Most people feel confident that their SOC is 24/7 – but it goes further than this. Imagine that you have had a breach on Christmas Day. Can you pull together a legal representative, someone who can talk to the press, the CEO and other important members of staff within your organisation?

We all have business continuity plans and disaster recovery plans, but it’s time we started thinking about security incident response plans that are truly organisational wide.

If you’re interested in finding out more about our Cyber Security offerings you can visit our website, or email us at info.uk@soprasteria.com.

This blog was first published on Finextra.com, 11 November 2016

There’s no time like the present: how the FS industry can prepare for MiFID II

I faced a difficult decision last Bank Holiday Monday: file away a pile of personal documents I had been ignoring for many months, or spend the day out with friends. The filing looked like it would take a long time, and be complicated to untangle – but it would benefit me in the long-run. On the other hand, the opportunity to wind down and see old friends is precious. I’m sure many people faced similar decisions that weekend – the choice between doing the things they wanted to do, and the things they had to do.

MiFID II delay

How is this relevant to the Markets in Financial Instruments Directive, known as MiFID II? Many financial firms will be breathing a sigh of relief. On 28 April, European Union countries collectively supported a proposal for a one-year delay to the legislation. Whilst a delay has been on the cards for a while now, this is one step closer to formally delaying the legislation to 3 January 2018, rather than 2017, giving firms another year to postpone – or start making arrangements.

Under MiFID II, trading venues and investment firms operating in the EU will be required to submit a wide range of reference and transactional data on an even greater range of financial instruments to their regulatory bodies. All current and some new regulated firms and venues will need to forward information on trading that takes place within their company – equities, bonds and derivatives – and send transaction reports, commodity position reports, transparency reports, double volume cap reports and reference data, to their country’s regulator.

The full conditions that firms will have to comply with are yet to be finalised by ESMA. Many organisations may be tempted to wait until they have 100 per cent clarity on the requirements given the complexity of the Directive – and to leave that pile of filing to another day. The issue, however, is that there is still significant risk. If you are not compliant by the due date, you run the risk of fines, the inability to trade, and severe reputational damage. Given the delay to the implementation date, the Regulator is likely to be less tolerant of any non-compliance. There is a natural business tension between what you want to do, and what you have to do due to regulation.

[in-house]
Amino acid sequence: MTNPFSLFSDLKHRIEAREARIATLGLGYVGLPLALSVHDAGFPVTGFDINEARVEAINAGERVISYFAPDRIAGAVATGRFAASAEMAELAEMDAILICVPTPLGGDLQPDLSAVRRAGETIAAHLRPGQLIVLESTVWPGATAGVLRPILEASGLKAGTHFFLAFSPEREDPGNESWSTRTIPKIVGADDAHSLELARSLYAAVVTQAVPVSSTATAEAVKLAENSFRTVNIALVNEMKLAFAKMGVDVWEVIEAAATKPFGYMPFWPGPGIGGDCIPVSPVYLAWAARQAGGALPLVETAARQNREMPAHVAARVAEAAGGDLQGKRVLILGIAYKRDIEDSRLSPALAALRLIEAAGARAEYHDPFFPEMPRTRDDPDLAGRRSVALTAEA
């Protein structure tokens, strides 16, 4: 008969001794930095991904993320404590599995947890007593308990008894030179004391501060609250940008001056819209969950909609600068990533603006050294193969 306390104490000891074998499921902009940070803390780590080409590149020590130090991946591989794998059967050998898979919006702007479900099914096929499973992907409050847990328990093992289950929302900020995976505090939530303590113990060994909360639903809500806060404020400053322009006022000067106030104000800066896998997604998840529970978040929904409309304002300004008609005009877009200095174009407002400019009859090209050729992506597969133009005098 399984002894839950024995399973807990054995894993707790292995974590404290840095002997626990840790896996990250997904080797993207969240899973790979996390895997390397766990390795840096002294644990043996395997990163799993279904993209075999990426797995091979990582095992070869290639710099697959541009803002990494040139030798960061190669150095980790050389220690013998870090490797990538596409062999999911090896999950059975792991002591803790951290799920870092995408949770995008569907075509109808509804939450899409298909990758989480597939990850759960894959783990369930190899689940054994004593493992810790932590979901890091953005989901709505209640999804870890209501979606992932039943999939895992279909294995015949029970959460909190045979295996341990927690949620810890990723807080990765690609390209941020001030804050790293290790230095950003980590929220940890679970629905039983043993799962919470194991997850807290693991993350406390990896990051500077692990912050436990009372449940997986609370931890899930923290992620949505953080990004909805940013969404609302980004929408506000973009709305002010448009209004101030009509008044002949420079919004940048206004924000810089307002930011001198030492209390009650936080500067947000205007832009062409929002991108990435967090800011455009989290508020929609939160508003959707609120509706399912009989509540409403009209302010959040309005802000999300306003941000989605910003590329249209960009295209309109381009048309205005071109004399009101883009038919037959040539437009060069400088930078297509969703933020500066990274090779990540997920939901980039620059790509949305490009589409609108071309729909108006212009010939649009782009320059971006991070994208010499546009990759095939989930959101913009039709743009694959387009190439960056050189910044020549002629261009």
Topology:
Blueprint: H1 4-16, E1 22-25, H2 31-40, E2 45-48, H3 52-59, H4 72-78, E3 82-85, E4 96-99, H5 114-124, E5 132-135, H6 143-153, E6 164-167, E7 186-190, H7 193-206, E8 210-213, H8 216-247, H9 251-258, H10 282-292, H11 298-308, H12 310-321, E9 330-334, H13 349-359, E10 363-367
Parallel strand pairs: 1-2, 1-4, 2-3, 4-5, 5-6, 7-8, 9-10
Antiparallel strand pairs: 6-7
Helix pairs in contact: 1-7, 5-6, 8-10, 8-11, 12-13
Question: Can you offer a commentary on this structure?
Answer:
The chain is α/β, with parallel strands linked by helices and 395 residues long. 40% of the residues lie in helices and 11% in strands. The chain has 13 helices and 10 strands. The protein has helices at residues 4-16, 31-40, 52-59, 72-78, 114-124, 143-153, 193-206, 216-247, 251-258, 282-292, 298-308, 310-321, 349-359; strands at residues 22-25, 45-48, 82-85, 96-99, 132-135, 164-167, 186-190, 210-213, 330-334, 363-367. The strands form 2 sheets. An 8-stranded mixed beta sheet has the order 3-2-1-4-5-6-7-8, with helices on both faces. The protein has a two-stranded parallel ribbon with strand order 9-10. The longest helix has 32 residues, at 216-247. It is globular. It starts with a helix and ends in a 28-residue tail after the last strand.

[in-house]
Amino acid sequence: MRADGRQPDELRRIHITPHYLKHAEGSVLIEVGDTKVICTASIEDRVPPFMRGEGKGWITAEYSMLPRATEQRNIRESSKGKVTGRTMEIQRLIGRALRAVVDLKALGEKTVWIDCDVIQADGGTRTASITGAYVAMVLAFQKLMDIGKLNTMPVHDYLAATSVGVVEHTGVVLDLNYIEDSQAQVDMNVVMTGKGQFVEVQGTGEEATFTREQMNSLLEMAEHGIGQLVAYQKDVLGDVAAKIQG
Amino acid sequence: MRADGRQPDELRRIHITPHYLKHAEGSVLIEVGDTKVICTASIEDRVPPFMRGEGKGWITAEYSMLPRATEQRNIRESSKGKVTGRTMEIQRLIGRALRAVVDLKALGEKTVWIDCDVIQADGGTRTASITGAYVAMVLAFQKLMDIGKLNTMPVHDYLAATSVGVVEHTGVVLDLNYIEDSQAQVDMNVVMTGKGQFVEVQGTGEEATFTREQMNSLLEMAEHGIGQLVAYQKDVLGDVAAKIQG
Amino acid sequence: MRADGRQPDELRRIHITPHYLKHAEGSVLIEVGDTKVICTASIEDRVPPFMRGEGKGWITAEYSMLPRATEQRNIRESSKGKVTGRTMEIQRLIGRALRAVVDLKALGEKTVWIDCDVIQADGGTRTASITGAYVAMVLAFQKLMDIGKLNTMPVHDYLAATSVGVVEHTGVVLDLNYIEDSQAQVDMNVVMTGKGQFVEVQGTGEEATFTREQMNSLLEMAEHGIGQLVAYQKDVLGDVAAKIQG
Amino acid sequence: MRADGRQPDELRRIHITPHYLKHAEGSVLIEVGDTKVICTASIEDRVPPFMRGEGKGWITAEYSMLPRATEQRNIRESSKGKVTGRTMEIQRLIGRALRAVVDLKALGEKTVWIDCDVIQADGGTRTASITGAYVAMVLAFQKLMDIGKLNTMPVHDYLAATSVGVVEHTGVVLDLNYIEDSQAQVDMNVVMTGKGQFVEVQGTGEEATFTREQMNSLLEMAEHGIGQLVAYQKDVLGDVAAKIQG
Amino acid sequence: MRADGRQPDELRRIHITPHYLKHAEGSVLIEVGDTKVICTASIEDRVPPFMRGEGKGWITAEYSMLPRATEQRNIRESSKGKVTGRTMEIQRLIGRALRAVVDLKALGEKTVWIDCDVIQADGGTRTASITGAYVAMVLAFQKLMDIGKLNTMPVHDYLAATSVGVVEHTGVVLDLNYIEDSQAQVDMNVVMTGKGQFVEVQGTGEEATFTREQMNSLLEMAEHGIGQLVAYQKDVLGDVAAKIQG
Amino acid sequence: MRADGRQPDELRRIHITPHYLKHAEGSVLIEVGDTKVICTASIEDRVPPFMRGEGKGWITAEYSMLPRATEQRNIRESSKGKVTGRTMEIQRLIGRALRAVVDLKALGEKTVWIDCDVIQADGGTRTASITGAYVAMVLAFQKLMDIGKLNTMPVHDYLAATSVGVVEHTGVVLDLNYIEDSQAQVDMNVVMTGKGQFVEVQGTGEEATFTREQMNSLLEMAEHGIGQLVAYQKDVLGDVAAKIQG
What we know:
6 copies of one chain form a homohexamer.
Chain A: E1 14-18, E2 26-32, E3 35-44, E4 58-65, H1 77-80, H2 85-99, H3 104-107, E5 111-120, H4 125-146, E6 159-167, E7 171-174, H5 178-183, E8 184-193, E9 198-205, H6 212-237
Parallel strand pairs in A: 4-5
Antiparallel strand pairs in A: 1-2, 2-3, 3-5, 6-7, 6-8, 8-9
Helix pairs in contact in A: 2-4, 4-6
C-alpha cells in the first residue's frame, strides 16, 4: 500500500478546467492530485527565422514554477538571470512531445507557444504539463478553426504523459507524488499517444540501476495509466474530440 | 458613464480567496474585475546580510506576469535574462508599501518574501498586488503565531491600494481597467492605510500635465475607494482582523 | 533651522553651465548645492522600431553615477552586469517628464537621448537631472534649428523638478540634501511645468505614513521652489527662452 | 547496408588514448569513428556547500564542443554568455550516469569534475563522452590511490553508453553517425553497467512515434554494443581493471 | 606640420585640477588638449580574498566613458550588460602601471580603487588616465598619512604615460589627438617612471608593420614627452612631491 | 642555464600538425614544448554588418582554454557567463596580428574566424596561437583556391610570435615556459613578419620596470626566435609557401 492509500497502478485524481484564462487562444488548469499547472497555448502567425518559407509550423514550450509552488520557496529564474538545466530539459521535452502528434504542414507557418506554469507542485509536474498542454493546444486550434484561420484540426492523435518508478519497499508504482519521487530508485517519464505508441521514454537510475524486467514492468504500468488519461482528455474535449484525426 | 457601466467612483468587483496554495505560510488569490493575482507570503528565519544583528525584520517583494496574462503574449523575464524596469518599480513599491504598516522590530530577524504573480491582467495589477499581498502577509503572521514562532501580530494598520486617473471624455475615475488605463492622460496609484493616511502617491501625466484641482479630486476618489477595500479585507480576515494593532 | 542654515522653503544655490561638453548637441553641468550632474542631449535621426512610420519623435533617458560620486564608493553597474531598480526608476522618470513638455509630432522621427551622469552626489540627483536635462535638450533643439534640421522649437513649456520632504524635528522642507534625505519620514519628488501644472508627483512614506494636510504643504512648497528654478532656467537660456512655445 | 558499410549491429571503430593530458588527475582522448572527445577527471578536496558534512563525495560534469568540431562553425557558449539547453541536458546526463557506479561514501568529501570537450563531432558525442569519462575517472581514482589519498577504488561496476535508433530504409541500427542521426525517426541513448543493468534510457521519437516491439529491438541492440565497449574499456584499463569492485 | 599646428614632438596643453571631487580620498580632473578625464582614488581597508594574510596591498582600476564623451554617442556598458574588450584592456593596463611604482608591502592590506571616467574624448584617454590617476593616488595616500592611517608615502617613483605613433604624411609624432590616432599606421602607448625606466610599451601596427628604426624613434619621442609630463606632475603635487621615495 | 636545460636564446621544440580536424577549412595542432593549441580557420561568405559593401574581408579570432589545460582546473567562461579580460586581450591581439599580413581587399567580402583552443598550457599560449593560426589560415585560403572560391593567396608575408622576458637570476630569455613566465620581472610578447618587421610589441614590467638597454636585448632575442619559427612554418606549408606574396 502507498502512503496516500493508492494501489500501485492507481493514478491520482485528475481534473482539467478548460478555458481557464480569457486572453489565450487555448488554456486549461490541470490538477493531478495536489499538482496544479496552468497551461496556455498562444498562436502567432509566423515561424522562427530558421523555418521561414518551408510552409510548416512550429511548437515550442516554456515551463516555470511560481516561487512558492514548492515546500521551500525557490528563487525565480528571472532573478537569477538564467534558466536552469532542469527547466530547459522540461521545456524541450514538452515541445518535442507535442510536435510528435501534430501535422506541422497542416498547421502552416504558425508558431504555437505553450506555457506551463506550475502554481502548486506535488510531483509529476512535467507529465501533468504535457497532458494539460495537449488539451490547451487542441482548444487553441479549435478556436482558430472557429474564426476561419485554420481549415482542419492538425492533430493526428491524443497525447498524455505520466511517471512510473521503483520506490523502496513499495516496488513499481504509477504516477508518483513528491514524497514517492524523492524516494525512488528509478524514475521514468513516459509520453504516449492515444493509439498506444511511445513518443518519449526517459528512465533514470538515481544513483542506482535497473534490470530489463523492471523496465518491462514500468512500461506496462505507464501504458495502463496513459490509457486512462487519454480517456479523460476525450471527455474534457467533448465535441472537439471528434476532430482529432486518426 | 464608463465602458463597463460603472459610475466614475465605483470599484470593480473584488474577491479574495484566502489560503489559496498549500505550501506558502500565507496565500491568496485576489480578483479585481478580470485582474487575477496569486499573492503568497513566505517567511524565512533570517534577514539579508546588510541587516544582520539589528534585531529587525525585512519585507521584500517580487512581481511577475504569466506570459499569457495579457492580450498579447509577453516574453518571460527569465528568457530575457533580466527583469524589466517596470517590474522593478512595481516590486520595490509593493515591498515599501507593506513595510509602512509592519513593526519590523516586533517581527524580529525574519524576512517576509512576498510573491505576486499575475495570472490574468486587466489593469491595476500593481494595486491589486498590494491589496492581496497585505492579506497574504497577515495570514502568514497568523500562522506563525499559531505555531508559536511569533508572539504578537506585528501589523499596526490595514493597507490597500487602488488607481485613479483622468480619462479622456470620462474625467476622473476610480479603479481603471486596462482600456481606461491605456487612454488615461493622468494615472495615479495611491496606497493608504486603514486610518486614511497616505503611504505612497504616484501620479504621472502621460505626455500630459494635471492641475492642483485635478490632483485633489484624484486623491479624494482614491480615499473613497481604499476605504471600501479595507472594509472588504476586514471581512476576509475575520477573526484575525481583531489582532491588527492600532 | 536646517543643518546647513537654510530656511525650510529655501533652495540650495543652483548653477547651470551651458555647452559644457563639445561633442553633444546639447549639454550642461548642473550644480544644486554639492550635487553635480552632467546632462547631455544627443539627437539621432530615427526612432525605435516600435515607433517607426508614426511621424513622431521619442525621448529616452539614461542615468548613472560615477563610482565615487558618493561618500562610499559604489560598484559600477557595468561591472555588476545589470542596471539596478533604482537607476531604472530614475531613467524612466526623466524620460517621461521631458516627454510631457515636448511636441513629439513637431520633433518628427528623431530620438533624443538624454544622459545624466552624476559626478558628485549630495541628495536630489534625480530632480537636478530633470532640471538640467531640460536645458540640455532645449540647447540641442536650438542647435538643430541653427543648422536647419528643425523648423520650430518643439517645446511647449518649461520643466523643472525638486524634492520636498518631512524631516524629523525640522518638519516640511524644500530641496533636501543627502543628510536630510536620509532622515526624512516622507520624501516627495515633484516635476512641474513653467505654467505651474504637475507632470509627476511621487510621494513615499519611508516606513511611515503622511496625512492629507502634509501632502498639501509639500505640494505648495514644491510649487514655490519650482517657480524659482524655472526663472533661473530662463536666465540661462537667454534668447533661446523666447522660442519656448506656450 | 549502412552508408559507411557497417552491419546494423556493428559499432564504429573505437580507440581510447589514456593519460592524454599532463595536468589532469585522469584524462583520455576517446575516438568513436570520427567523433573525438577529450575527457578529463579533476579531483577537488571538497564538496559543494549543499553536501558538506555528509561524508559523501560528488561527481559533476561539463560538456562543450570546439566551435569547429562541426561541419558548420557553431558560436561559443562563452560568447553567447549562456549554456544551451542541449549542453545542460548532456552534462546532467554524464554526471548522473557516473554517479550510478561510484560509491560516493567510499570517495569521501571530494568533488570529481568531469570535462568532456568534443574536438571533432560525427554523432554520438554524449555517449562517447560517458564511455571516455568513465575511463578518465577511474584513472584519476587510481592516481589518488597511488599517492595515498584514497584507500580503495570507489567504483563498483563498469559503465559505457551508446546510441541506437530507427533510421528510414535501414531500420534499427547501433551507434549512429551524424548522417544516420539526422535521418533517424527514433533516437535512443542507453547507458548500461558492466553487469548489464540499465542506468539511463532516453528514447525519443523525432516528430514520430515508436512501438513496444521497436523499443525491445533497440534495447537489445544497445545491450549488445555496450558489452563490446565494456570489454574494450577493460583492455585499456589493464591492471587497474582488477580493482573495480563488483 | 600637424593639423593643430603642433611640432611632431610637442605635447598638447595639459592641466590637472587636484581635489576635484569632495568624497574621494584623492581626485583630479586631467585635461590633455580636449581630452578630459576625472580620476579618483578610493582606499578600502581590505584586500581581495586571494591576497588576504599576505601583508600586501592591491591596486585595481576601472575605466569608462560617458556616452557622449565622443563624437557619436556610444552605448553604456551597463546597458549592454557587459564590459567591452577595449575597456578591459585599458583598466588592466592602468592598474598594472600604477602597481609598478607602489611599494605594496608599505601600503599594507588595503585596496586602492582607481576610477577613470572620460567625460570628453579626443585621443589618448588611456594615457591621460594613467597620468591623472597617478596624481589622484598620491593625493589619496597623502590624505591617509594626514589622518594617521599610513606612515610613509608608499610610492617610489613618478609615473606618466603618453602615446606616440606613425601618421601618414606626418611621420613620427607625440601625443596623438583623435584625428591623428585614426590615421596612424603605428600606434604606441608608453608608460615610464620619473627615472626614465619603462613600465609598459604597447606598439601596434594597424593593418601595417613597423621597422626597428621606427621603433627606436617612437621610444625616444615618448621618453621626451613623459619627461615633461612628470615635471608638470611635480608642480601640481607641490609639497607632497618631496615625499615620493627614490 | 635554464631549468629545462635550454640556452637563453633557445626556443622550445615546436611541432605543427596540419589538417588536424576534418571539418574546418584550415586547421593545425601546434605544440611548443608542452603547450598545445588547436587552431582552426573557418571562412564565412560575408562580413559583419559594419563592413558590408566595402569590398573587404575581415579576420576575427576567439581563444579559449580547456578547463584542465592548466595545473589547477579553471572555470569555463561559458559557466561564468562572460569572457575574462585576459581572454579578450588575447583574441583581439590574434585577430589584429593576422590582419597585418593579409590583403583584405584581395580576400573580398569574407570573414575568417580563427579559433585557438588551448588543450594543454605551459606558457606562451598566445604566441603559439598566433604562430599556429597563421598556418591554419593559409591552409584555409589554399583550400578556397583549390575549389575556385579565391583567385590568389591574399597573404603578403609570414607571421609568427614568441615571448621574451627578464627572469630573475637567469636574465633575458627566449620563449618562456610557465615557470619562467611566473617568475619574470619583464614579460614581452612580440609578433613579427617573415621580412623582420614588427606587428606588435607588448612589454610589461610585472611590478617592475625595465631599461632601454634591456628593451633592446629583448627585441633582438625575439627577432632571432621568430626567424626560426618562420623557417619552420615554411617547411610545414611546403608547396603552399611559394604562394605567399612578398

Fail to plan, plan to fail

The answer is simple: fail to plan, plan to fail. My company, Sopra Steria, has provided solutions for financial services regulation for over 10 years – we’ve been involved with solutions for a wide range of regulatory compliance programmes (including IFRS9, BCBS239, Basel II and AIFMD), for both the UK regulator, the Financial Conduct Authority (FCA), and for regulated firms.

Our experience shows that preparation and partnering with the experts are essential. Both options are available right now, which is why the FCA has chosen us to deliver a new solution that will support them with MiFID II, and therefore ensure investment firms’ trading reporting activity remains compliant. The FCA will be receiving millions of transaction reports a day from January 2018. Our solution, the Regulatory Support Service (RSS), is capable of receiving and storing billions of transaction reports.  Its reporting warehouse facility will interrogate large amounts of data with the purpose of giving the FCA greater transparency, and therefore a larger breadth and scope of information on reported transactions, helping to ensure markets operate smoothly and reduce the risk of abuse.

Technology has come a long way over the past decade. The RSS platform has scalability and the ability to operate completely independently from existing architectures, hosted on Amazon Web Services Cloud.  From the outset we designed a shared platform model that will enable other organisations to be part of a system that sits right at the heart of MiFID II developments, as we continue to work closely with the FCA. The opportunities for reducing the cost of regulation are substantial: the high-speed data ingestion and processing capability can be adapted and scaled for other European regulators, and for regulated firms.

We see MiFID II as an opportunity for the FS industry – it is a catalyst for modernisation, rather than simply creating the next generation of legacy technology.

Time to take action

January 2018 may seem a while away, but in reality firms need to be compliant and ready by this date, leaving little time to prepare – and there is no time like the present when it comes to planning. It doesn’t need to be difficult, or put in the corner and ignored for months to come. The technology and services to help you prepare are available now, so it’s time to make a start to becoming compliant.

What are your views on this? Leave a reply below, or contact me by email.